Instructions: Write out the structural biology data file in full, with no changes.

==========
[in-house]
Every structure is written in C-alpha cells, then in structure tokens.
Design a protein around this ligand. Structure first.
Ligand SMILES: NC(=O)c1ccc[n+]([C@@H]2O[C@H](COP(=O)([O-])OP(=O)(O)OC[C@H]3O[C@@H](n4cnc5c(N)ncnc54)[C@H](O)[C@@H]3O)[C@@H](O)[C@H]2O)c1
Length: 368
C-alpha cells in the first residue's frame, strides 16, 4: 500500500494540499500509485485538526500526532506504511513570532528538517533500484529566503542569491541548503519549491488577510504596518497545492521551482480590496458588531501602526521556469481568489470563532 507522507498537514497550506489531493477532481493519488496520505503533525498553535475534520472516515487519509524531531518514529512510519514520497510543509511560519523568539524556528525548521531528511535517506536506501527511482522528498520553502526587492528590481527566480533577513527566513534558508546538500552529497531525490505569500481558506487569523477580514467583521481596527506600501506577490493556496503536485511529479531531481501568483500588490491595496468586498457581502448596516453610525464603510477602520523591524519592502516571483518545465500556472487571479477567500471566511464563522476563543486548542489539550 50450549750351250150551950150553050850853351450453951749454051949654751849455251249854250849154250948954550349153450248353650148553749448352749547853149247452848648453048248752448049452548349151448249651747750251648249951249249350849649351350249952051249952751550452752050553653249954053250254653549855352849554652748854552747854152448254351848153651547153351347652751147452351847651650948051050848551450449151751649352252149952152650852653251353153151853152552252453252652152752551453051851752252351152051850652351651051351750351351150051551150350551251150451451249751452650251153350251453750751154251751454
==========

[in-house]
Every structure is written in C-alpha cells, then in structure tokens.
Design a protein around this ligand. Structure first.
Ligand SMILES: NC(=O)c1ccc[n+]([C@@H]2O[C@H](COP(=O)([O-])OP(=O)(O)OC[C@H]3O[C@@H](n4cnc5c(N)ncnc54)[C@H](O)[C@@H]3O)[C@@H](O)[C@H]2O)c1
Length: 368
C-alpha cells in the first residue's frame, strides 16, 4: 500500500494540499500509485485538526500526532506504511513570532528538517533500484529566503542569491541548503519549491488577510504596518497545492521551482480590496458588531501602526521556469481568489470563532 507522507498537514497550506489531493477532481493519488496520505503533525498553535475534520472516515487519509524531531518514529512510519514520497510543509511560519523568539524556528525548521531528511535517506536506501527511482522528498520553502526587492528590481527566480533577513527566513534558508546538500552529497531525490505569500481558506487569523477580514467583521481596527506600501506577490493556496503536485511529479531531481501568483500588490491595496468586498457581502448596516453610525464603510477602520523591524519592502516571483518545465500556472487571479477567500471566511464563522476563543486548542489539550 50450549750351250150551950150553050850853351450453951749454051949654751849455251249854250849154250948954550349153450248353650148553749448352749547853149247452848648453048248752448049452548349151448249651747750251648249951249249350849649351350249952051249952751550452752050553653249954053250254653549855352849554652748854552747854152448254351848153651547153351347652751147452351847651650948051050848551450449151751649352252149952152650852653251353153151853152552252453252652152752551453051851752252351152051850652351651051351750351351150051551150350551251150451451249751452650251153350251453750751154251751454